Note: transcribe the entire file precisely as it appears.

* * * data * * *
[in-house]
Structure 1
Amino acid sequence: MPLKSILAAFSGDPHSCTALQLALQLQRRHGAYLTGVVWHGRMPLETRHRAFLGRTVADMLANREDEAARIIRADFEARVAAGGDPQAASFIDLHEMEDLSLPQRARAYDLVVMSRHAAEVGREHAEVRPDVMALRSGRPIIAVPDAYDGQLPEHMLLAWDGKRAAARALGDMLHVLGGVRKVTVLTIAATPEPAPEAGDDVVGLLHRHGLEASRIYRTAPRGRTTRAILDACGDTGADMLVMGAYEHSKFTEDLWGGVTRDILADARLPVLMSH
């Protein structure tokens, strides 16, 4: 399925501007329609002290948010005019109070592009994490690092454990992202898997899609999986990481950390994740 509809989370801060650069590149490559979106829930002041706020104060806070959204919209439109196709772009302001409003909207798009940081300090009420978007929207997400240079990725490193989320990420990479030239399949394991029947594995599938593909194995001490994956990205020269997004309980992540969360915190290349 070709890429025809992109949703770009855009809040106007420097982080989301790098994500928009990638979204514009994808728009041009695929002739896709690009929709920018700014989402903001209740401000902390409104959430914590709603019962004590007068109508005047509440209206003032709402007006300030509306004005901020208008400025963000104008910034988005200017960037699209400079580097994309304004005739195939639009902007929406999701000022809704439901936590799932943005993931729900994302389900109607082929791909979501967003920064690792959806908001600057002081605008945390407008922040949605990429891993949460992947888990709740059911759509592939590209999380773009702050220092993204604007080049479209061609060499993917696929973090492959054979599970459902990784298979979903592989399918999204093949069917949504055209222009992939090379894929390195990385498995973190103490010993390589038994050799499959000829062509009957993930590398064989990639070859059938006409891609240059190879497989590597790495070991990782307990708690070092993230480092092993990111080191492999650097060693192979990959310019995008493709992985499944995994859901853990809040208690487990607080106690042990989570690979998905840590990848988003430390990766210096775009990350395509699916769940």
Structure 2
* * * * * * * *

[in-house]
Structure 1
Amino acid sequence: MPLKSILAAFSGDPHSCTALQLALQLQRRHGAYLTGVVWHGRMPLETRHRAFLGRTVADMLANREDEAARIIRADFEARVAAGGDPQAASFIDLHEMEDLSLPQRARAYDLVVMSRHAAEVGREHAEVRPDVMALRSGRPIIAVPDAYDGQLPEHMLLAWDGKRAAARALGDMLHVLGGVRKVTVLTIAATPEPAPEAGDDVVGLLHRHGLEASRIYRTAPRGRTTRAILDACGDTGADMLVMGAYEHSKFTEDLWGGVTRDILADARLPVLMSH
């Protein structure tokens, strides 16, 4: 399925501007329609002290948010005019109070592009994490690092454990992202898997899609999986990481950390994740 509809989370801060650069590149490559979106829930002041706020104060806070959204919209439109196709772009302001409003909207798009940081300090009420978007929207997400240079990725490193989320990420990479030239399949394991029947594995599938593909194995001490994956990205020269997004309980992540969360915190290349 070709890429025809992109949703770009855009809040106007420097982080989301790098994500928009990638979204514009994808728009041009695929002739896709690009929709920018700014989402903001209740401000902390409104959430914590709603019962004590007068109508005047509440209206003032709402007006300030509306004005901020208008400025963000104008910034988005200017960037699209400079580097994309304004005739195939639009902007929406999701000022809704439901936590799932943005993931729900994302389900109607082929791909979501967003920064690792959806908001600057002081605008945390407008922040949605990429891993949460992947888990709740059911759509592939590209999380773009702050220092993204604007080049479209061609060499993917696929973090492959054979599970459902990784298979979903592989399918999204093949069917949504055209222009992939090379894929390195990385498995973190103490010993390589038994050799499959000829062509009957993930590398064989990639070859059938006409891609240059190879497989590597790495070991990782307990708690070092993230480092092993990111080191492999650097060693192979990959310019995008493709992985499944995994859901853990809040208690487990607080106690042990989570690979998905840590990848988003430390990766210096775009990350395509699916769940």
Structure 2